Community Projects

In everything we do as an organization we connect back to our community. We can’t wait to work more in Toronto to help build Indigenous Food Sovereignty in our city. Community members can get involved in our traditional food and medicine gardens this spring.


In 2017, Ojibiikaan established a traditional food garden at Ashbridge Estate in collaboration with Building Roots and Ontario Heritage Trust. The project engaged Indigenous youth and adult volunteers in preparing the land, planting seeds and tending the plants using traditional agricultural techniques, including re-learning planting songs and ceremonies from First Nations farmers and Tradition Keepers. We are at Ashbridge Estate again this summer to grow three sisters crops and traditional medicines.

The project at Ashbridge also launched our seed saving activities, and we continue to collect traditional seeds from various sources to build our seed bank, as well as attending seed swaps and meetups.

Feel free to stop by and explore the garden! Email us at if you want to volunteer.


Mia’s medicine garden is located within the community garden at Christie Pitts Park in Toronto. These sacred medicines are planted in memory of Mia Pesim Pedersen (2002-2018), who loved wholesome food and wished to help with nurturing this garden. The four Anishnawbe medicines are: giizhik (white cedar); mshkodewashk (sage); asema (tobacco); and wiingaashk (sweetgrass); with their companion plant, odei’min (strawberry).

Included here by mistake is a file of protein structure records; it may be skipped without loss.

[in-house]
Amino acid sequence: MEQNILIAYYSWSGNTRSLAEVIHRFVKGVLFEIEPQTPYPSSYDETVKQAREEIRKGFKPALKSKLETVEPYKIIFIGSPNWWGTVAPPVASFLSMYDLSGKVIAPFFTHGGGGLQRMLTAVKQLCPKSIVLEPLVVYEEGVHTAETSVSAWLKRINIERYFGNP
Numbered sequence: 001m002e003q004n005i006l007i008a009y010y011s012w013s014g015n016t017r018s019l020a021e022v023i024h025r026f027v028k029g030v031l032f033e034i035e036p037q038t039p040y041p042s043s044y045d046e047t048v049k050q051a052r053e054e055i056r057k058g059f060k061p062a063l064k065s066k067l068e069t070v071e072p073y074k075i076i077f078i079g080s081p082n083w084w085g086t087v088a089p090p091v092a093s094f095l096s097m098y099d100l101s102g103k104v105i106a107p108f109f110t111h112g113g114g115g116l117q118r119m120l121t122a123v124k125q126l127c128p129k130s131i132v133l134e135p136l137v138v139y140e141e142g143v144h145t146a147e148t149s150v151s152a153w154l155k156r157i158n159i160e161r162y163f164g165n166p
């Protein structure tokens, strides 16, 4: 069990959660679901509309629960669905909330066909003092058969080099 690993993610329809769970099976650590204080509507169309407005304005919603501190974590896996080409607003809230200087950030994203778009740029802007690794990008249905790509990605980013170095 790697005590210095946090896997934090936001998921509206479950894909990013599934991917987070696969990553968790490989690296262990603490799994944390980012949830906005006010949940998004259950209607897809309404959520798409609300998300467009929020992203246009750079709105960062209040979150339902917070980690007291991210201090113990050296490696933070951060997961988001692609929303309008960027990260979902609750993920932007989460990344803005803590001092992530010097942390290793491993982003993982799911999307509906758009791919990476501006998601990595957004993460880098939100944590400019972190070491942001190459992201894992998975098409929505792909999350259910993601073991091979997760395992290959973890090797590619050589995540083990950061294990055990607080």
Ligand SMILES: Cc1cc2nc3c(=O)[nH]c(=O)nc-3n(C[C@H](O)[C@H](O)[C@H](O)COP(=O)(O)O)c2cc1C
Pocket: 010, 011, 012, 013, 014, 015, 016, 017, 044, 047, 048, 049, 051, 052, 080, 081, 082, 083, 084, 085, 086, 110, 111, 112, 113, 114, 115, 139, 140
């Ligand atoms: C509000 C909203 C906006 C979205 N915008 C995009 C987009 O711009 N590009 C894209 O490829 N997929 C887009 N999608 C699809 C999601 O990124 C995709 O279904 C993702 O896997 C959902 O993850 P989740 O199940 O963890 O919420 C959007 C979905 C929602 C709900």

In Spring 2018, Ojibiikaan worked in partnership with Conservation Halton to plant the Three Sisters at Crawford Lake Conservation Area. A Wyandot (Huron-Wendat) village once stood here, and it is now the site of three reconstructed Longhouses and a conservation area where the public can learn about the history of the land and the Wyandot people.

The people who originally lived in this village over 600 years ago were farmers who grew three main crops; corn (Wyandot: önenha’), beans (Wyandot: oyare’sa), and squash (Wyandot: yasheta’); each considered to be gifts from the Creator, these plants are also commonly known as the Three Sisters. Grown together they make up an important agricultural system, and eaten together they form a nutritionally complete diet.

At Crawford Lake, Ojibiikaan has established 13 mounds with our traditional crops, the Three Sisters. The demonstration garden is planted according to Traditional Ecological Knowledge and ceremony, and will be used for reclaiming Indigenous agricultural practices and saving heritage crop varieties. The garden has brought the three sisters back to its traditional land!

Crawford Lake is pleased to be home to this important initiative supporting Indigenous farmers, food sovereignty, and heritage seed propagation.